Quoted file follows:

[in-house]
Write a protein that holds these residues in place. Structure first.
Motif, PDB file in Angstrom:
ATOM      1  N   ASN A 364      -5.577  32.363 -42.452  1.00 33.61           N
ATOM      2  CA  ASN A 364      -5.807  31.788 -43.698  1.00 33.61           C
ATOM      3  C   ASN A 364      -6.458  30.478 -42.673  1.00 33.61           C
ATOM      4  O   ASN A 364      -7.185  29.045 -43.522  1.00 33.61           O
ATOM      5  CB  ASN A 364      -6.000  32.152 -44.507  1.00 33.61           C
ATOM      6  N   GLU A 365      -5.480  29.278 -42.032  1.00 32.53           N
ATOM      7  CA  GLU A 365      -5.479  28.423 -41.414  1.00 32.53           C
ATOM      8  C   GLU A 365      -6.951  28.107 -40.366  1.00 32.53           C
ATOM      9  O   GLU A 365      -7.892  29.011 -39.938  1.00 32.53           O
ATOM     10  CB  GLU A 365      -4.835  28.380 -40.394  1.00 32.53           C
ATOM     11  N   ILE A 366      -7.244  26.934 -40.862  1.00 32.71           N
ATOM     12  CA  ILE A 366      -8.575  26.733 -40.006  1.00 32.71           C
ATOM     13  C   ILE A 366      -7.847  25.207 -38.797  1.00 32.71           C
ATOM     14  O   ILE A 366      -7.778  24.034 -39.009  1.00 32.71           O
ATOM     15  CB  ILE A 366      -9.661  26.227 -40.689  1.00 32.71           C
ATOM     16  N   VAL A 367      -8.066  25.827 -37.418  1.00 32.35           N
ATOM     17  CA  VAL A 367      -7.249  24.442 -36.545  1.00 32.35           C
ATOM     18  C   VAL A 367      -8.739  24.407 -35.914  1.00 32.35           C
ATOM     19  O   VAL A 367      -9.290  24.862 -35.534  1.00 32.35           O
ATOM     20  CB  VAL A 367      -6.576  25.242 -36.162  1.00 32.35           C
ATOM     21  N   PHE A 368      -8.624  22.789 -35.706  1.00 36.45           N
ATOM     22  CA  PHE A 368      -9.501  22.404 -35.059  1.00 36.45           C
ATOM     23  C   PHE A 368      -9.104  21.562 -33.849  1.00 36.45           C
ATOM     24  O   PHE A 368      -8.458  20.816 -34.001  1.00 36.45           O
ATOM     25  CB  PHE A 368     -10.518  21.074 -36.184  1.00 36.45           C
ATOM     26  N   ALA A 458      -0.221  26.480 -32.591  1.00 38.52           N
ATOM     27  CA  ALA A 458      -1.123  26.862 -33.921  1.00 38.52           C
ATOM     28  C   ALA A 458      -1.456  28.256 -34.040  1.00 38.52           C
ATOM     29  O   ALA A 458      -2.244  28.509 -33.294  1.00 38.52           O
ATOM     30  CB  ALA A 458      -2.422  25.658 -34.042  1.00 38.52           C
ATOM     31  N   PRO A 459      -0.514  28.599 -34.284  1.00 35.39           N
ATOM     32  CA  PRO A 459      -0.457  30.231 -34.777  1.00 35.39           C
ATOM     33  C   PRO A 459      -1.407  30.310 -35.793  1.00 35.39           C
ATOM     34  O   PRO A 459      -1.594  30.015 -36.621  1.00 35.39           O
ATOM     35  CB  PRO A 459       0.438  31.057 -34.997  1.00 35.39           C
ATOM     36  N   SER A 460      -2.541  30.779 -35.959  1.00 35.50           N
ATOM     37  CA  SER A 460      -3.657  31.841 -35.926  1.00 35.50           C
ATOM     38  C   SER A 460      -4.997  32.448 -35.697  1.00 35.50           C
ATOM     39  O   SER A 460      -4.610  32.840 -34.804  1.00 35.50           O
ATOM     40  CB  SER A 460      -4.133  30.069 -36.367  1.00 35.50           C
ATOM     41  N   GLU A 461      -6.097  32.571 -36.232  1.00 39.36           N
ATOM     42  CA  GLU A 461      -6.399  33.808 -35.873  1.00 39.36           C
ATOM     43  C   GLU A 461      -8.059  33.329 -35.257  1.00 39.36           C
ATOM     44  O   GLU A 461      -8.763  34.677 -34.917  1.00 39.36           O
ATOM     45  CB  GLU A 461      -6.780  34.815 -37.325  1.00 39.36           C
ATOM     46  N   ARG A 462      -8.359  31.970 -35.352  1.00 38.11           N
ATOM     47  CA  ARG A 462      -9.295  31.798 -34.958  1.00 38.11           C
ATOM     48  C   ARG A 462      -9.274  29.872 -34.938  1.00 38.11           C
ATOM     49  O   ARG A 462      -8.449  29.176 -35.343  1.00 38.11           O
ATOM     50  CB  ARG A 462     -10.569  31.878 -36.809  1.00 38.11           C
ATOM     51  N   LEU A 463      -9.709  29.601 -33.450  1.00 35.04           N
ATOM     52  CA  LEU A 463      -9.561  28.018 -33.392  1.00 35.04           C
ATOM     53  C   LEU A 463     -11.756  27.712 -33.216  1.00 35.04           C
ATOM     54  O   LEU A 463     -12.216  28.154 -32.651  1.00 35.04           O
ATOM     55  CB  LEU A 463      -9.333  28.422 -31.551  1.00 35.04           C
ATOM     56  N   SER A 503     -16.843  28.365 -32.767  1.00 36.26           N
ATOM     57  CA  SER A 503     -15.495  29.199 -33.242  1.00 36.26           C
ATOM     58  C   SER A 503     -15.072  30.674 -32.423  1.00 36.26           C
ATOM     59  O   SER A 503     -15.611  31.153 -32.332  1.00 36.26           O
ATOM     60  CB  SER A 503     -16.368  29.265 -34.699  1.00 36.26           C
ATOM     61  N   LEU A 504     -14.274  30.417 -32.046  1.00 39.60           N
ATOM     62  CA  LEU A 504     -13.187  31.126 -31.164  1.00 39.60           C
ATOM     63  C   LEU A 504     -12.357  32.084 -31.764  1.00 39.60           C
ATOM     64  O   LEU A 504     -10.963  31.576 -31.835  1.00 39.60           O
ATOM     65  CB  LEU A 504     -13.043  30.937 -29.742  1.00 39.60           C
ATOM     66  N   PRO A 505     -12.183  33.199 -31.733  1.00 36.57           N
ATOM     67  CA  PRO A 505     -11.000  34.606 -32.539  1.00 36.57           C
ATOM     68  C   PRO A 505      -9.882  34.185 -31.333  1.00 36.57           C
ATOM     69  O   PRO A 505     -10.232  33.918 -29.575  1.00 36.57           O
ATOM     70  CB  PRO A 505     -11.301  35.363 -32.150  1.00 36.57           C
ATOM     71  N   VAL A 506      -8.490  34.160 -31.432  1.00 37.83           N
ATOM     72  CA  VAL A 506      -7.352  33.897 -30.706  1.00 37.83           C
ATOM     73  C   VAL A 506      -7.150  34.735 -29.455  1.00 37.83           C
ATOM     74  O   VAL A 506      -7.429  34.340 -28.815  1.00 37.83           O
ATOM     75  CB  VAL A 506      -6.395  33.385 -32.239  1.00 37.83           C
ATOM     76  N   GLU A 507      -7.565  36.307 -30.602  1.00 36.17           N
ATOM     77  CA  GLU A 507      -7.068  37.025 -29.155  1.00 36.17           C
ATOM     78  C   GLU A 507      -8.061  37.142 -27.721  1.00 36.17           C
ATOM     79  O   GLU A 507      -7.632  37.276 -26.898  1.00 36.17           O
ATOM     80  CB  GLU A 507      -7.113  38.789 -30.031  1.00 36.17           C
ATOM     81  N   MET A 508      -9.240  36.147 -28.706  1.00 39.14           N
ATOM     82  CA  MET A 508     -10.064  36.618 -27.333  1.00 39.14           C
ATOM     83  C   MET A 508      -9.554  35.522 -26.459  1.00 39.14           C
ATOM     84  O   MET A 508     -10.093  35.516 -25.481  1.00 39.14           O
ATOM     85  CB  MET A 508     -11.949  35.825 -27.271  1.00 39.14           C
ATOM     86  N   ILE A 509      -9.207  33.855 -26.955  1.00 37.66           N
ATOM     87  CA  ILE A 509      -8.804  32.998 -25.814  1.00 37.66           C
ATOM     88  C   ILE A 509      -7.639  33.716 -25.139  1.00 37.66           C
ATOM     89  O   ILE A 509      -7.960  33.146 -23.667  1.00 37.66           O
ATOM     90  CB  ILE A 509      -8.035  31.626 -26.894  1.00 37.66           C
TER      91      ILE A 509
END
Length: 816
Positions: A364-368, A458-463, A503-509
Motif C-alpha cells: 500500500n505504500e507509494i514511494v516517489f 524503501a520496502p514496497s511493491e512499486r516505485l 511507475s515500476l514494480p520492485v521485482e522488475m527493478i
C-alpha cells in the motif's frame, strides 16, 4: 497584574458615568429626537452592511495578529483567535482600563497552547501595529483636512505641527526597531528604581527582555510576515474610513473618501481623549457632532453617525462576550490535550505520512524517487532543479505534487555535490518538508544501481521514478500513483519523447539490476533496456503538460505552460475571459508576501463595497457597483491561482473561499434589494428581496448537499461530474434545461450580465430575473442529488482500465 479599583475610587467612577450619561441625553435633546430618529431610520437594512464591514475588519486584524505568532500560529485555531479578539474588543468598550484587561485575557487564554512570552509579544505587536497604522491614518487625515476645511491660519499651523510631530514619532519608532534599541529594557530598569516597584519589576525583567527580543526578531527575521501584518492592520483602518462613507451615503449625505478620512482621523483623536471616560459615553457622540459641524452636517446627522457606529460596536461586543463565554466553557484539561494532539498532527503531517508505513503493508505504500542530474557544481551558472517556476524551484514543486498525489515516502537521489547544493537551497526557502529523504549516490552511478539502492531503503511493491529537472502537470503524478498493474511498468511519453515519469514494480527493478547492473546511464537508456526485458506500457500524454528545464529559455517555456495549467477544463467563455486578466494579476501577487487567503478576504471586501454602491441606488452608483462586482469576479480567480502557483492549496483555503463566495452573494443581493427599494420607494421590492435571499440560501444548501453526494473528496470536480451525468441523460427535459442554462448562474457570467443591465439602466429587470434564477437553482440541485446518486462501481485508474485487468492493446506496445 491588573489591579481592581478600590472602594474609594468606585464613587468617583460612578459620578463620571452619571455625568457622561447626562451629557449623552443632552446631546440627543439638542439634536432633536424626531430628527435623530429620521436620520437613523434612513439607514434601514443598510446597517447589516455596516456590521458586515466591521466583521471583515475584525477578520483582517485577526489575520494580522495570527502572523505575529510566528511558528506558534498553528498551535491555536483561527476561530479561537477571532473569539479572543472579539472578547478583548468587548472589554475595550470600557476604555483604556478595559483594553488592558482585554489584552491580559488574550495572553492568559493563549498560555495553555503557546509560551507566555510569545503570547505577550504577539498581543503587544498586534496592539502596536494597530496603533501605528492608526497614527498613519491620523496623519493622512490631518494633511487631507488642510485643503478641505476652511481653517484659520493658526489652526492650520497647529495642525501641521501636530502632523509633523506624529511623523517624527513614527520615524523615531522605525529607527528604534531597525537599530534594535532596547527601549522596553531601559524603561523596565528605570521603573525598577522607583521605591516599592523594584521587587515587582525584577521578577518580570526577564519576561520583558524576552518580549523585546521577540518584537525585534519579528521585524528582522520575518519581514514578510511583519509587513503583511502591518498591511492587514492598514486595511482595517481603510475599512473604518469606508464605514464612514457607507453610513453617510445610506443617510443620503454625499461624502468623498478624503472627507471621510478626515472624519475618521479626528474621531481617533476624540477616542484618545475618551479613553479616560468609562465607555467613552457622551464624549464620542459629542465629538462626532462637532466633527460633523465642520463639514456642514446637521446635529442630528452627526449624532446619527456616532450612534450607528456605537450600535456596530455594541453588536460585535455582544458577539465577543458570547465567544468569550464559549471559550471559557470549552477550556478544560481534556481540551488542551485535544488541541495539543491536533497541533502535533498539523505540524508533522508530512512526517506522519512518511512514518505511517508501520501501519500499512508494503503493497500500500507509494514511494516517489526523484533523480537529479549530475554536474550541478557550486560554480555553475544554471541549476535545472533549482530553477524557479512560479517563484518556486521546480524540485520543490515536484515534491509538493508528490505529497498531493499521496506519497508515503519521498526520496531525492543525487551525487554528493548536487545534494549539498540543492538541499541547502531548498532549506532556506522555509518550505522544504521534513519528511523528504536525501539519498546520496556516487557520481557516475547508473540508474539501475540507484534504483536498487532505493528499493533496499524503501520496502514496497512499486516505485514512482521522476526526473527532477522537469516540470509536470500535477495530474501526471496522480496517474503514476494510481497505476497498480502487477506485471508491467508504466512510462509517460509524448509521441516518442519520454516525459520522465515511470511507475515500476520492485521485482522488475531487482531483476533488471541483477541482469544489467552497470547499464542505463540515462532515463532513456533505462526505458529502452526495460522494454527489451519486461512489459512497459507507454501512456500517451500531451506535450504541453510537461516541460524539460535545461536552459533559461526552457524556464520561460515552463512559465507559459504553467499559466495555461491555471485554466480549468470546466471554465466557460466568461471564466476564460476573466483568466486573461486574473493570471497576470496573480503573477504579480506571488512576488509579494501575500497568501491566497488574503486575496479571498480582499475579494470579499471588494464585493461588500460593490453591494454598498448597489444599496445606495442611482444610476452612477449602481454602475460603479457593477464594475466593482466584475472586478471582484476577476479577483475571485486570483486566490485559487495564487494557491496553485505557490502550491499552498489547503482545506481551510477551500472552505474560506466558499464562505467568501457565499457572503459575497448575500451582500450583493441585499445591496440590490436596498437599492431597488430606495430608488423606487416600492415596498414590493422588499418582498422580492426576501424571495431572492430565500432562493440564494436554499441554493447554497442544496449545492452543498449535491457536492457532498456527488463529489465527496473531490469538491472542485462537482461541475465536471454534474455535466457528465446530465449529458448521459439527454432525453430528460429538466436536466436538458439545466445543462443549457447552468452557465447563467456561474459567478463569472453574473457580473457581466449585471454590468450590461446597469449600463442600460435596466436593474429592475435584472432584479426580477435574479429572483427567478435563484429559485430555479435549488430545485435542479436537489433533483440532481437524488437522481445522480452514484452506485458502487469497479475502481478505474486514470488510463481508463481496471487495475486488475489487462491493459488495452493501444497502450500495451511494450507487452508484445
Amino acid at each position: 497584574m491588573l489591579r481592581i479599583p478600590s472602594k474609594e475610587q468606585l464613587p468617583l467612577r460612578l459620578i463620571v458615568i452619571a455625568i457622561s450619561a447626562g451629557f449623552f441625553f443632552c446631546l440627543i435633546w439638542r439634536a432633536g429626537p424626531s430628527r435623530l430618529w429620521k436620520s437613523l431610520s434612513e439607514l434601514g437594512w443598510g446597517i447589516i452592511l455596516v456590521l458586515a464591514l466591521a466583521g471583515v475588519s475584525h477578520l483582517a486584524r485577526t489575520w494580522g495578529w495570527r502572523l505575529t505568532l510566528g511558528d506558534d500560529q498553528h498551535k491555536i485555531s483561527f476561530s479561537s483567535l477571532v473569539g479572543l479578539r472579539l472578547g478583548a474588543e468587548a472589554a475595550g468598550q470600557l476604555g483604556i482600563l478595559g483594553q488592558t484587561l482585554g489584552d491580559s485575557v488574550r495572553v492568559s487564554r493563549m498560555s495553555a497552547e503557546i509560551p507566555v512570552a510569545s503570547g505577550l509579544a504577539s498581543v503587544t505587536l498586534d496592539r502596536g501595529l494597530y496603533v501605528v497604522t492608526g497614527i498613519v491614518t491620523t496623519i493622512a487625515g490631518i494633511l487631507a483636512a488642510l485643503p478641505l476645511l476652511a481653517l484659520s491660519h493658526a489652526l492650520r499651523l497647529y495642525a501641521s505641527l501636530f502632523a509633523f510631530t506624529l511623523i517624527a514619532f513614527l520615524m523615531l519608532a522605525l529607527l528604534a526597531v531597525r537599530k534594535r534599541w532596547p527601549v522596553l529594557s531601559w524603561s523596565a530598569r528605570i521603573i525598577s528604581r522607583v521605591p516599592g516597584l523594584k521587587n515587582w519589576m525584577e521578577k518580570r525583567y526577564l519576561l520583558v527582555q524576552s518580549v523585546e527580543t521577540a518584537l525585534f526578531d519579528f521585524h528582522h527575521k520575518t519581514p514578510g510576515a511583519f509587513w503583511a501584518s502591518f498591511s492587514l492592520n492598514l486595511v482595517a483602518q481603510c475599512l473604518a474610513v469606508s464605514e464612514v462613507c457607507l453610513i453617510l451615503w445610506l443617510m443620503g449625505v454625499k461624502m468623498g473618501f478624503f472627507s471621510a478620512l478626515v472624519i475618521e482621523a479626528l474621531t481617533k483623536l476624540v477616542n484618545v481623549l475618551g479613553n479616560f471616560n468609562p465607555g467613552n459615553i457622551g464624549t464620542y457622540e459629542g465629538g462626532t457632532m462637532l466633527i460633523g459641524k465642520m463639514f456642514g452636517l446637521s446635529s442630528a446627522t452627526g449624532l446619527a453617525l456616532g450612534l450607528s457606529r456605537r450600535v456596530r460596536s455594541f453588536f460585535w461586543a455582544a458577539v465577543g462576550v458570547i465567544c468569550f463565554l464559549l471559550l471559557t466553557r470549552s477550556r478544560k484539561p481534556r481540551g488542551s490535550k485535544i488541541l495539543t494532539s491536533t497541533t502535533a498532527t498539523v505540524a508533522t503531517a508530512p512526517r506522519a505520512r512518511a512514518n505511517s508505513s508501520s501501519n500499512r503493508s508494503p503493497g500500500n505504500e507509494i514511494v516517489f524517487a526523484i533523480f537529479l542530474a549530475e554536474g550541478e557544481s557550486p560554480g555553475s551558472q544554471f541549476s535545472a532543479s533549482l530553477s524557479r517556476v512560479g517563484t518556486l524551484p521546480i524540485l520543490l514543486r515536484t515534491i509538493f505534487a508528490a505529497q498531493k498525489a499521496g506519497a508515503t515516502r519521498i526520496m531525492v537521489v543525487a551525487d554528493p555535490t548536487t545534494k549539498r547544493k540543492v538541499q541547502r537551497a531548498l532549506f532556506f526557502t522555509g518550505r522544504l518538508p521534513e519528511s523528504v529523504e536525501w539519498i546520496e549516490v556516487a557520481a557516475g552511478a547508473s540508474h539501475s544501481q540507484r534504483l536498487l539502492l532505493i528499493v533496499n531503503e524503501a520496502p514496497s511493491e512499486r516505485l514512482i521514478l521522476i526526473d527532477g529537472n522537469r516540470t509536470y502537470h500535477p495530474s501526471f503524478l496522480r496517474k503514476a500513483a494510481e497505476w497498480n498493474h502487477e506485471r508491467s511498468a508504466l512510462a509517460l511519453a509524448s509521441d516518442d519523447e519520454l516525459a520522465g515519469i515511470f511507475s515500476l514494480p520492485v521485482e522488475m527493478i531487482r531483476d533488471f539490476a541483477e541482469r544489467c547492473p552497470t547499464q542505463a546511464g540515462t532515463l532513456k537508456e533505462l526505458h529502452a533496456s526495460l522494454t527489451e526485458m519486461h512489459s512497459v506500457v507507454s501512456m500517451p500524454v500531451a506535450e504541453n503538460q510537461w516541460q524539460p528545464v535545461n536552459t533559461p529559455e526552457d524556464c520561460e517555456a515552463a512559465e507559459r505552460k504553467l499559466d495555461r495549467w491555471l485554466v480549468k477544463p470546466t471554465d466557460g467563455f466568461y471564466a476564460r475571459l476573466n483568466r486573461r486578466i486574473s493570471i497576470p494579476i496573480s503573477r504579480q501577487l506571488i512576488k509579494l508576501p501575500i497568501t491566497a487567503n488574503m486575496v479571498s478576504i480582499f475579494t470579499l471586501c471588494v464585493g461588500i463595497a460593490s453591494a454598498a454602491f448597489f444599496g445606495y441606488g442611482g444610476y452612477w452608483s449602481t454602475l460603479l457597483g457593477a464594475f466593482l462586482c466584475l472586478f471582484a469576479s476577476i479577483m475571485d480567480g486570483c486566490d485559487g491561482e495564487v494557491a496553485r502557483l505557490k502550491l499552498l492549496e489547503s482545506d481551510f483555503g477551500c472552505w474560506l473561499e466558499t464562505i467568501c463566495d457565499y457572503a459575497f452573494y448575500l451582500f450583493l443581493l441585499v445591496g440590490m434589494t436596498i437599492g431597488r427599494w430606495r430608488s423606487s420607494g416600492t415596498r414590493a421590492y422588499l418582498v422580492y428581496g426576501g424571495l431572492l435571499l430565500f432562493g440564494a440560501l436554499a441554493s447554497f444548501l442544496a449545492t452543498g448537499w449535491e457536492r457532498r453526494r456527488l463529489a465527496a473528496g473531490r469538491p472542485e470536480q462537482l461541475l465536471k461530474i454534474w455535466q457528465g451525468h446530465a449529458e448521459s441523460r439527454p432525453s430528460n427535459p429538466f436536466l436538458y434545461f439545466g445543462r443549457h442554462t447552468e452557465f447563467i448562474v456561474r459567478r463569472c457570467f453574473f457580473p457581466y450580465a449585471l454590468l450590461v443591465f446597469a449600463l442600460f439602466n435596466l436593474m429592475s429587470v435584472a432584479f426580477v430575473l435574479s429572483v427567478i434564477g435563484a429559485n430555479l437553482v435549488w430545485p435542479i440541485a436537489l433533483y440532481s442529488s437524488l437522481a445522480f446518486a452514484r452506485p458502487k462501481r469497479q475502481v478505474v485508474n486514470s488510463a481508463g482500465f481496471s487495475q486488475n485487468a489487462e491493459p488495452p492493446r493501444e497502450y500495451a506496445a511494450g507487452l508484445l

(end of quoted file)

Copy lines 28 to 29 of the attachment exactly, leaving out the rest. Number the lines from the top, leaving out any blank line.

ATOM     25  CB  PHE A 368     -10.518  21.074 -36.184  1.00 36.45           C
ATOM     26  N   ALA A 458      -0.221  26.480 -32.591  1.00 38.52           N